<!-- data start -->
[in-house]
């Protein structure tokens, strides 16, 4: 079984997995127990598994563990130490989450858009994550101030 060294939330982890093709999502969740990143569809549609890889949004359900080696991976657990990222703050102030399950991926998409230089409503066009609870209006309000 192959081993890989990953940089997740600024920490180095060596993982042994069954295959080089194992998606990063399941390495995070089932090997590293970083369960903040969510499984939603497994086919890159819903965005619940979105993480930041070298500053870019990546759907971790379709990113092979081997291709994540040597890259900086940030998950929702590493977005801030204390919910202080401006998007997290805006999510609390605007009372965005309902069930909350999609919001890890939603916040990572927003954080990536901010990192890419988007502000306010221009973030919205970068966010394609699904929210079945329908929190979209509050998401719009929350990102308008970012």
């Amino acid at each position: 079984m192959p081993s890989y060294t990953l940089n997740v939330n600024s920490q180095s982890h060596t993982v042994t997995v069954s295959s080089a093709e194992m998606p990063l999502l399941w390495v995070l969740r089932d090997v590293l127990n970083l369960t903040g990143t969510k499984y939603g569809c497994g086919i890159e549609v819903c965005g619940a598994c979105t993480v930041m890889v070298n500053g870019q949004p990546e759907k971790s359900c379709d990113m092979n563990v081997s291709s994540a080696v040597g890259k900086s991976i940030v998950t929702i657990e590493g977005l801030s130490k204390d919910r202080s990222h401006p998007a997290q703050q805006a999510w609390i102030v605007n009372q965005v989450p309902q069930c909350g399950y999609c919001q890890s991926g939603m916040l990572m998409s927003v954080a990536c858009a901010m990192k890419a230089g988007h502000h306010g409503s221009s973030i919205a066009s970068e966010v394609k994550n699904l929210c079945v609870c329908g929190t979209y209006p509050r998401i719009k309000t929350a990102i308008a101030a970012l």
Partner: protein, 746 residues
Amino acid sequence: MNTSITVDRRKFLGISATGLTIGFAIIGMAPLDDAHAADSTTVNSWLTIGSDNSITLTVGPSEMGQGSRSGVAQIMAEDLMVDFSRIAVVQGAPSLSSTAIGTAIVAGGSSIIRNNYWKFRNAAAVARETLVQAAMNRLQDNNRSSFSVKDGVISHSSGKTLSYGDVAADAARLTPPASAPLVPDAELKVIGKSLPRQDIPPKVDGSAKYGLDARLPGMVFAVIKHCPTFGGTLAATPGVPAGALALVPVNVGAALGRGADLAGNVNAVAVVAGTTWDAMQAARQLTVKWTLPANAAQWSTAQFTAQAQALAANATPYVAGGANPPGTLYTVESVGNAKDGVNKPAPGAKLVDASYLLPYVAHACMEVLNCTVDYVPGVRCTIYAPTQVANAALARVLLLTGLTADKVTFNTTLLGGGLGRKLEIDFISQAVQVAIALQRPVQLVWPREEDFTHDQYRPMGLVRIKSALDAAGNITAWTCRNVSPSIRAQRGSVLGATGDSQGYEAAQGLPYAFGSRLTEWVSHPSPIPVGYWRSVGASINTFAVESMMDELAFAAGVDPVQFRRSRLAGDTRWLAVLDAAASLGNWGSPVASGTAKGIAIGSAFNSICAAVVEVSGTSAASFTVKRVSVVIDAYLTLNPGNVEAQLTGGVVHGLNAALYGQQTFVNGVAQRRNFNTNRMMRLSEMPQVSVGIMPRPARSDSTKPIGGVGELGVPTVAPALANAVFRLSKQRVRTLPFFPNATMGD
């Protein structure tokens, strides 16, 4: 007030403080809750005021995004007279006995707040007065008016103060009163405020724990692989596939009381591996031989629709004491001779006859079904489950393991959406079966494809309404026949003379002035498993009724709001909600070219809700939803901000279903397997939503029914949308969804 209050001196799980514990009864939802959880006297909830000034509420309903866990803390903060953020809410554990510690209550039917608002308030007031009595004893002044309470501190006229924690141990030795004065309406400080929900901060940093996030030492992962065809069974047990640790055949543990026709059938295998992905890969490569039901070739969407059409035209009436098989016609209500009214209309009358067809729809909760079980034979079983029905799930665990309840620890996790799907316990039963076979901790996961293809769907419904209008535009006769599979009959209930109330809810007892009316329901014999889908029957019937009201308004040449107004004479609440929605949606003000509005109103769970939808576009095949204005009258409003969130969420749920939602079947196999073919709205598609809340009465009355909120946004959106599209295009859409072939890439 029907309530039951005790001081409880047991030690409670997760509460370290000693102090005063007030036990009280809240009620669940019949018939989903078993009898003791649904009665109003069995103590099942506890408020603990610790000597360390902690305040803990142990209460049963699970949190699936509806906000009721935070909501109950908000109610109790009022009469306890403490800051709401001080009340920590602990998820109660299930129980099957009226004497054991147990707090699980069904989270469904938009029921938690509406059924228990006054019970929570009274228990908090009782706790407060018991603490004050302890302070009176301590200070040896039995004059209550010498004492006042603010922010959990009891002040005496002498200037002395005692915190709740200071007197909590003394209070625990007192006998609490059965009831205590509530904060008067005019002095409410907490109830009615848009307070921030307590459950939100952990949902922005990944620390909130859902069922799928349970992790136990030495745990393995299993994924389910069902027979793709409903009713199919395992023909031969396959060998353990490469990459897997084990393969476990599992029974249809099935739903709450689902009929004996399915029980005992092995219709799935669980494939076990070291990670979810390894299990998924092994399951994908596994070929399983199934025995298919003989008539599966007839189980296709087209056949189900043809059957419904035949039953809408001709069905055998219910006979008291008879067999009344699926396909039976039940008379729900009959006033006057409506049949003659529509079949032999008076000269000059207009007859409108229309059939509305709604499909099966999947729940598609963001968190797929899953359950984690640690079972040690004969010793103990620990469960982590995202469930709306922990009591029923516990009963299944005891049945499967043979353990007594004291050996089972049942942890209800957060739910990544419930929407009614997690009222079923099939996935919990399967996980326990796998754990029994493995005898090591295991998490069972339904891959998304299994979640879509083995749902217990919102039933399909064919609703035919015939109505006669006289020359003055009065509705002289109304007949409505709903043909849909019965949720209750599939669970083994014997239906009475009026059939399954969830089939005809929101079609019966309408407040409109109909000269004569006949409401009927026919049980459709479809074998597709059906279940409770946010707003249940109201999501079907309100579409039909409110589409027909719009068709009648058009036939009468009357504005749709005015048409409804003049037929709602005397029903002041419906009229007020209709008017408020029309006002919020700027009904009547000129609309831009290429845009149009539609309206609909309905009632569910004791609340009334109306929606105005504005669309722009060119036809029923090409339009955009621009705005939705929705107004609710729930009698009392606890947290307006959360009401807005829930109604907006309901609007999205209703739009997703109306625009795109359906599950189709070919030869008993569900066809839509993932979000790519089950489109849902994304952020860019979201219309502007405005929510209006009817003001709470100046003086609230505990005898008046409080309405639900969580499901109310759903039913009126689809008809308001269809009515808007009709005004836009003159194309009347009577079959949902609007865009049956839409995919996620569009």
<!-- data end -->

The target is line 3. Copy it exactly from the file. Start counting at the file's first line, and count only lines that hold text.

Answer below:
């Amino acid at each position: 079984m192959p081993s890989y060294t990953l940089n997740v939330n600024s920490q180095s982890h060596t993982v042994t997995v069954s295959s080089a093709e194992m998606p990063l999502l399941w390495v995070l969740r089932d090997v590293l127990n970083l369960t903040g990143t969510k499984y939603g569809c497994g086919i890159e549609v819903c965005g619940a598994c979105t993480v930041m890889v070298n500053g870019q949004p990546e759907k971790s359900c379709d990113m092979n563990v081997s291709s994540a080696v040597g890259k900086s991976i940030v998950t929702i657990e590493g977005l801030s130490k204390d919910r202080s990222h401006p998007a997290q703050q805006a999510w609390i102030v605007n009372q965005v989450p309902q069930c909350g399950y999609c919001q890890s991926g939603m916040l990572m998409s927003v954080a990536c858009a901010m990192k890419a230089g988007h502000h306010g409503s221009s973030i919205a066009s970068e966010v394609k994550n699904l929210c079945v609870c329908g929190t979209y209006p509050r998401i719009k309000t929350a990102i308008a101030a970012l």